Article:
Go to Antique Gallery


Using Lavender in Cookies

by Anne L. Watson

Maybe because I live in the Pacific Northwest, where lavender is almost a weed, I get asked about its use in baking from time to time. There’s a local lavender farm and store, and they sell lavender shortbread. This is an idea that, at first, did not appeal to me at all.

I bought some of their culinary lavender, thinking to include one recipe in my book, Baking with Cookie Molds, as a curiosity, if nothing else. It didn’t happen, and the little can of lavender buds stayed unopened in my spice rack.

Lavender CookiesFinally, after more questions and requests, I tried it. First, though, I looked up complementary flavors to get an idea how to put a recipe together. I found that citrus, vanilla, and honey were recommended for use with lavender.

 So I worked out a variation of my basic shortbread recipe to incorporate those tastes.

 The buds proved to be whole when I opened the can, and I decided they’d be much better ground. I used the food processor, and mixed the lavender buds with the sugar so there would be enough volume for the processor to work. When I thought it was ground as finely as possible, I sifted it through a large strainer.


Lavender Shortbread Cookies

1 cup (225 grams) softened butter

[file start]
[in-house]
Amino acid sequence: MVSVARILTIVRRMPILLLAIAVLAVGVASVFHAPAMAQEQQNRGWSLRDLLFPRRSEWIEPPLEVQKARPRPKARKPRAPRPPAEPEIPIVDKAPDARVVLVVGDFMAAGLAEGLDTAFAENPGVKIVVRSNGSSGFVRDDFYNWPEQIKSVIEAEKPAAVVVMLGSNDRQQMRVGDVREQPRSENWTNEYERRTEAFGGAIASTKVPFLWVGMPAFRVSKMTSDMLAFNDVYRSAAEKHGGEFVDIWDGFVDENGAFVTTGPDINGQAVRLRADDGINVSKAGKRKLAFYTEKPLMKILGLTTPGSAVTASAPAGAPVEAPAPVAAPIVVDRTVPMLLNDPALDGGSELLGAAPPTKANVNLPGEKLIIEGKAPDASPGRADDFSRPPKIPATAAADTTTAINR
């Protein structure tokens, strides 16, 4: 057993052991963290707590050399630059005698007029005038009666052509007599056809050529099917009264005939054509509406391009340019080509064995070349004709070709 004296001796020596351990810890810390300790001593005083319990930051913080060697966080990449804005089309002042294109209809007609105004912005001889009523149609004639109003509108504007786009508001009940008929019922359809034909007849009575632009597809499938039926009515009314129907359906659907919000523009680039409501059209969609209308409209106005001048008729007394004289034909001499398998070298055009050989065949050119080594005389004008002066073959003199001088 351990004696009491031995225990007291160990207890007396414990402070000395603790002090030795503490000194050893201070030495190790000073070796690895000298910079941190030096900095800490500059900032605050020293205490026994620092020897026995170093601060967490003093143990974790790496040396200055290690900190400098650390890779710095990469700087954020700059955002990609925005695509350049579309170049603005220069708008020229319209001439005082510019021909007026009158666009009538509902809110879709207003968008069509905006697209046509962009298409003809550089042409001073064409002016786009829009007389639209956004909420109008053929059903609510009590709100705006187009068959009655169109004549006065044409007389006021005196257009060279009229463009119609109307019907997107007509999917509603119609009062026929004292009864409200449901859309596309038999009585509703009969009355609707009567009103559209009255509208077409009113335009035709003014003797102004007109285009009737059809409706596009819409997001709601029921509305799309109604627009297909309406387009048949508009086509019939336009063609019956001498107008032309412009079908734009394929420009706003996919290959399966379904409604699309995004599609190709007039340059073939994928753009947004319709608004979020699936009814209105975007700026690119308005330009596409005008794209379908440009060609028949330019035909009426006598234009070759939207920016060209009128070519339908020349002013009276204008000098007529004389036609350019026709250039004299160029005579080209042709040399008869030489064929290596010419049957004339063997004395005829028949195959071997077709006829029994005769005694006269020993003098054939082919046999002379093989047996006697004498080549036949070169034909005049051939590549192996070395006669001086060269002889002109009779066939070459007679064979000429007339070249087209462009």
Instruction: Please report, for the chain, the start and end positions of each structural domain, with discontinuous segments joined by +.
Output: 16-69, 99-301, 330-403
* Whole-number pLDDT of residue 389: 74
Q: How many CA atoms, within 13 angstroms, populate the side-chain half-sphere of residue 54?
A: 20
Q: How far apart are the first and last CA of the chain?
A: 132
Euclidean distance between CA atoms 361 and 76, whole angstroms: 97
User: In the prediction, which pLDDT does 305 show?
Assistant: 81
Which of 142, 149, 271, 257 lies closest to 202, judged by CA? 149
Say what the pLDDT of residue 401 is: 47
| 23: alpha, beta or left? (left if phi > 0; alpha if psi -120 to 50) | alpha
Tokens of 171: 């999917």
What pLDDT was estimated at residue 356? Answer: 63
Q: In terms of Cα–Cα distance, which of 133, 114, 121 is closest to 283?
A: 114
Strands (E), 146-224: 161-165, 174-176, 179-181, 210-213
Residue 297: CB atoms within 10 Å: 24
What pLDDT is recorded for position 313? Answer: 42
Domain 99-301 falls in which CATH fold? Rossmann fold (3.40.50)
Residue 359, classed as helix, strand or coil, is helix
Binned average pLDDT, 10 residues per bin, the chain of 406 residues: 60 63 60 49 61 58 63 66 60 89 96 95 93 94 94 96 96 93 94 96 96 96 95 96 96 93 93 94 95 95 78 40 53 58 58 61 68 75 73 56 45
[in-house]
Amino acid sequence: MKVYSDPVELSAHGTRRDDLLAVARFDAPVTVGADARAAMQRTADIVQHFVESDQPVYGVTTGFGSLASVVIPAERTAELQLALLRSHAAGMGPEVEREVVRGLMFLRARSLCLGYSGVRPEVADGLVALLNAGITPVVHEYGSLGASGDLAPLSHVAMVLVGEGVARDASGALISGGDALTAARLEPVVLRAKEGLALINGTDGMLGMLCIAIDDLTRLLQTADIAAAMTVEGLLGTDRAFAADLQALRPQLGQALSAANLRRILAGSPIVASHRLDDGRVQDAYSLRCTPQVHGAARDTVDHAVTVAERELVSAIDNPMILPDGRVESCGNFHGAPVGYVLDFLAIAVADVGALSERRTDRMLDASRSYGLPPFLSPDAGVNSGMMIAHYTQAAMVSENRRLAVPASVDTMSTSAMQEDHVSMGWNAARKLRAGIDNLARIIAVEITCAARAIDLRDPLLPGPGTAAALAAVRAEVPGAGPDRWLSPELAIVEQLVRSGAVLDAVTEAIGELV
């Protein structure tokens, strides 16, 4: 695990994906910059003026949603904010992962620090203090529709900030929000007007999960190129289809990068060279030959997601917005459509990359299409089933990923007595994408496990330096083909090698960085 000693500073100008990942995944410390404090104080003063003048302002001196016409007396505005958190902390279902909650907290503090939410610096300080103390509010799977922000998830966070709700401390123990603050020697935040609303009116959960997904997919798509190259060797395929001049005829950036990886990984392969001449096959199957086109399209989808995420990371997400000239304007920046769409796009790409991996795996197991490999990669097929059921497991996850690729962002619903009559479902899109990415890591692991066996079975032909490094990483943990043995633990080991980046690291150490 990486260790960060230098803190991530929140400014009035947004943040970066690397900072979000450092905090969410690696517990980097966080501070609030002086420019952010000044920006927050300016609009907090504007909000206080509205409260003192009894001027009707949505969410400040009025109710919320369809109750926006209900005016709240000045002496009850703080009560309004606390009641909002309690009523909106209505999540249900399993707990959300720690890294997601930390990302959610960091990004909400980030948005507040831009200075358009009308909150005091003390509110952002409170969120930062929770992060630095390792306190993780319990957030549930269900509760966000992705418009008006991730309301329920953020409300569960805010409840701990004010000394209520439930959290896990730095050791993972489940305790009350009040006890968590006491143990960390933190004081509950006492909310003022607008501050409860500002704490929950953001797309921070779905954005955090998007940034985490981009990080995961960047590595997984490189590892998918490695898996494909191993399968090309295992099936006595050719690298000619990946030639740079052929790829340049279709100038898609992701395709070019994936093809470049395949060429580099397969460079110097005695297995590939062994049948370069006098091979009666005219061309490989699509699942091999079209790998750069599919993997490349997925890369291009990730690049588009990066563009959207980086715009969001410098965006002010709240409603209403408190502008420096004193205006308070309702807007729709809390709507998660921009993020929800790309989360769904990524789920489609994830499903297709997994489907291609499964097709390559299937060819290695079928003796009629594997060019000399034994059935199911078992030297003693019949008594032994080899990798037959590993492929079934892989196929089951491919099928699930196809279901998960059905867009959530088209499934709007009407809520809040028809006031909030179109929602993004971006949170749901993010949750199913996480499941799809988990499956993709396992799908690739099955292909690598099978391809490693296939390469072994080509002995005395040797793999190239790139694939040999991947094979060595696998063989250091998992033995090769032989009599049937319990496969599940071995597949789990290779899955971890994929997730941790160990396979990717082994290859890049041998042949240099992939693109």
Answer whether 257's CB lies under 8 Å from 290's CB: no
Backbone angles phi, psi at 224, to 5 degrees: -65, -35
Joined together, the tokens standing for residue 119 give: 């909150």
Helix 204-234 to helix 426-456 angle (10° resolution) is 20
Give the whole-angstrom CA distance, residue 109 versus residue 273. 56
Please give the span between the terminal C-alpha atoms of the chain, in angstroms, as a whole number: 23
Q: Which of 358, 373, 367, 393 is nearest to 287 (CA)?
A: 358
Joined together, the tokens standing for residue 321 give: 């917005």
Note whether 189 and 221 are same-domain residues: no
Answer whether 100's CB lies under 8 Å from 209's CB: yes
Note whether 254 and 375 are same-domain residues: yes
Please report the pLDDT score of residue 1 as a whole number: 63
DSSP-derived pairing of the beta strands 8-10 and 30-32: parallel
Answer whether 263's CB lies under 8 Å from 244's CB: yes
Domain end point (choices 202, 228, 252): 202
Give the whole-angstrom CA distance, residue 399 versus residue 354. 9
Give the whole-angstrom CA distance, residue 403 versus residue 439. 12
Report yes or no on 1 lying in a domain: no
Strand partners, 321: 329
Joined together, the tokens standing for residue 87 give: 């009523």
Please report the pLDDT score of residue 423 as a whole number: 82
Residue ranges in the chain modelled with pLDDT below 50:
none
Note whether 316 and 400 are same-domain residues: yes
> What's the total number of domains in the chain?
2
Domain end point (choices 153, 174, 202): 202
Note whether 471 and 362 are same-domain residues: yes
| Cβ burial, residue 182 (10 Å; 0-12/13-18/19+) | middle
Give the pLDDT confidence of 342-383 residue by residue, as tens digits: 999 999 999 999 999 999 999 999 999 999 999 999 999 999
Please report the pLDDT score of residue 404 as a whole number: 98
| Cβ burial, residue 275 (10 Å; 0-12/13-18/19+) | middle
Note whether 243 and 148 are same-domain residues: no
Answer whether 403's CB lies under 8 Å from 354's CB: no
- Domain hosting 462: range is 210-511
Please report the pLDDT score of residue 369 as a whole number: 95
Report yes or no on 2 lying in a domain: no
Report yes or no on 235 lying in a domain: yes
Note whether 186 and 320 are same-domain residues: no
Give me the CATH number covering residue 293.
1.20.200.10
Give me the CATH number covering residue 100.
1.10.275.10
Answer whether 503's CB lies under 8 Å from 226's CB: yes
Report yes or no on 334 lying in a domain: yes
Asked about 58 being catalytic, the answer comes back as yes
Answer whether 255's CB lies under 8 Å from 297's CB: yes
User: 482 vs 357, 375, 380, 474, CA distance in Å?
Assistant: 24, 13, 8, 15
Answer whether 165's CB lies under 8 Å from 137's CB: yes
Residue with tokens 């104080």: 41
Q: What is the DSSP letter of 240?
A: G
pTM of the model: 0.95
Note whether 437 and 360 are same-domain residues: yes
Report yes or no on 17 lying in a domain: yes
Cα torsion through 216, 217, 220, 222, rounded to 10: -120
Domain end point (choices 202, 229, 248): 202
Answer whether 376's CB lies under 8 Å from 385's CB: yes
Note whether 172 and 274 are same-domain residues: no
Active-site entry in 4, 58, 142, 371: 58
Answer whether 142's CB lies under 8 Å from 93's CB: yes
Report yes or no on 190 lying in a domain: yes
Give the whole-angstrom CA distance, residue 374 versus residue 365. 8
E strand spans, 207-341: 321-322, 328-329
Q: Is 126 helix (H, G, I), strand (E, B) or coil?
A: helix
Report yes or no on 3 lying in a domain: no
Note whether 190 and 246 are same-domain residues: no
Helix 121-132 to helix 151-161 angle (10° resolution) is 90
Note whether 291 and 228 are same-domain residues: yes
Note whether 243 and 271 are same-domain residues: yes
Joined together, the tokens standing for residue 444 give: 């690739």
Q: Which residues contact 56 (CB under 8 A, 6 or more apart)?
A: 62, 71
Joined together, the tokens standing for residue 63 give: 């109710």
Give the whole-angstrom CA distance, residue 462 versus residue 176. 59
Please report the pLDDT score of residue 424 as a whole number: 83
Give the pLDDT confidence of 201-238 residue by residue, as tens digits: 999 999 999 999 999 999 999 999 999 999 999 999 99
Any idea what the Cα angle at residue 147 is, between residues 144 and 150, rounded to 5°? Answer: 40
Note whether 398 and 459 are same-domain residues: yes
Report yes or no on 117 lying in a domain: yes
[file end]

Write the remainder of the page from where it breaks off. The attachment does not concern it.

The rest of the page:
½ cup (100 grams) sugar, processed with 1 tablespoon culinary lavender buds

1 tablespoon honey

½ teaspoon vanilla

½ teaspoon natural lemon flavoring

¼ teaspoon natural orange flavoring

Finely grated peel of one small lemon

About 2 ¼ cups (315 grams) all-purpose flour (plain flour)

1. Cream the butter with the sugar.

2. Mix the honey, vanilla, lemon flavoring, and lemon peel. Add to the butter mixture.

4. Add flour slowly until the mixture is solid enough to knead. Transfer to your work surface and knead in enough additional flour to make a soft dough that will hold a shape. Mold per the directions for your cookie mold.

5. Bake in a 300 degree F (150 degree C) oven until lightly browned.


Notes on molds:

Small molds are best for shortbread, and an impression mold is easier to use on a delicate dough like this than a cavity mold. In other words, springerle molds or rollers are more likely to succeed here than gingerbread molds or Brown Bag molds.

I used a springerle rolling pin with an allover design and cut the dough into squares with fluted cookie cutters. I chilled it briefly so I could separate the cookies for baking, then baked one sheet at a time, keeping close watch so they didn’t overcook.

Since lavender buds, even when sifted, will make dark speckles in the dough, choose your cookie mold so that this won’t be a flaw in the pattern.

The flavor is good. It’s a complex flavor, unusual but not—as I had feared—soapy or perfumey.


Cookie Molds bookAnne Watson is the author of the newly released "Baking with Cookie Molds." The book can be found on Amazon and other book sites or look for her on her online Baking with Cookie Molds Magazine.



Dried lavender can be purchased in many health food stores and some "gourmet" shops. It is also available from many places online. Do not purchase lavender to be used in cooking from a craft shop unless it says that it is suitable for food use. Lavender grown for non-food use may contain high levels of toxic pesticides. To store, keep in an airtight container and store in a cool, dry location.